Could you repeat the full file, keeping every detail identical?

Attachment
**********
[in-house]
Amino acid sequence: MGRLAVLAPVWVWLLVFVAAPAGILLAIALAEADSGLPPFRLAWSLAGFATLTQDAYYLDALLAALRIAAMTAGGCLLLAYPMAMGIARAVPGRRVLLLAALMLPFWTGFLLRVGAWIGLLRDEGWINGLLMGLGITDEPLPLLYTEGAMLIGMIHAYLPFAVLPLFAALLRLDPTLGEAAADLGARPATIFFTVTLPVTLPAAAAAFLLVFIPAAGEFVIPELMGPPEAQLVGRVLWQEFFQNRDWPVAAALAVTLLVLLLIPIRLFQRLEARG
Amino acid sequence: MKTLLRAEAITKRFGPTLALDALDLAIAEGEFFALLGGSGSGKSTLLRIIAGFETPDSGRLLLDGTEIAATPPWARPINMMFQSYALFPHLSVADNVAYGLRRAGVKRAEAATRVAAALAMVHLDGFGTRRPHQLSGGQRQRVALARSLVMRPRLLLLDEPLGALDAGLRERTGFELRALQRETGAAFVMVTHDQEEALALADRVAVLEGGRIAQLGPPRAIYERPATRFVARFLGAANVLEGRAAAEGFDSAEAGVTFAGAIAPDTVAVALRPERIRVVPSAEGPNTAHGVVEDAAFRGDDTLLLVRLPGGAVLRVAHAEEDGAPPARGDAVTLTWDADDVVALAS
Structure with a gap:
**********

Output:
[in-house]
Amino acid sequence: MGRLAVLAPVWVWLLVFVAAPAGILLAIALAEADSGLPPFRLAWSLAGFATLTQDAYYLDALLAALRIAAMTAGGCLLLAYPMAMGIARAVPGRRVLLLAALMLPFWTGFLLRVGAWIGLLRDEGWINGLLMGLGITDEPLPLLYTEGAMLIGMIHAYLPFAVLPLFAALLRLDPTLGEAAADLGARPATIFFTVTLPVTLPAAAAAFLLVFIPAAGEFVIPELMGPPEAQLVGRVLWQEFFQNRDWPVAAALAVTLLVLLLIPIRLFQRLEARG
Amino acid sequence: MKTLLRAEAITKRFGPTLALDALDLAIAEGEFFALLGGSGSGKSTLLRIIAGFETPDSGRLLLDGTEIAATPPWARPINMMFQSYALFPHLSVADNVAYGLRRAGVKRAEAATRVAAALAMVHLDGFGTRRPHQLSGGQRQRVALARSLVMRPRLLLLDEPLGALDAGLRERTGFELRALQRETGAAFVMVTHDQEEALALADRVAVLEGGRIAQLGPPRAIYERPATRFVARFLGAANVLEGRAAAEGFDSAEAGVTFAGAIAPDTVAVALRPERIRVVPSAEGPNTAHGVVEDAAFRGDDTLLLVRLPGGAVLRVAHAEEDGAPPARGDAVTLTWDADDVVALAS
Structure with a gap: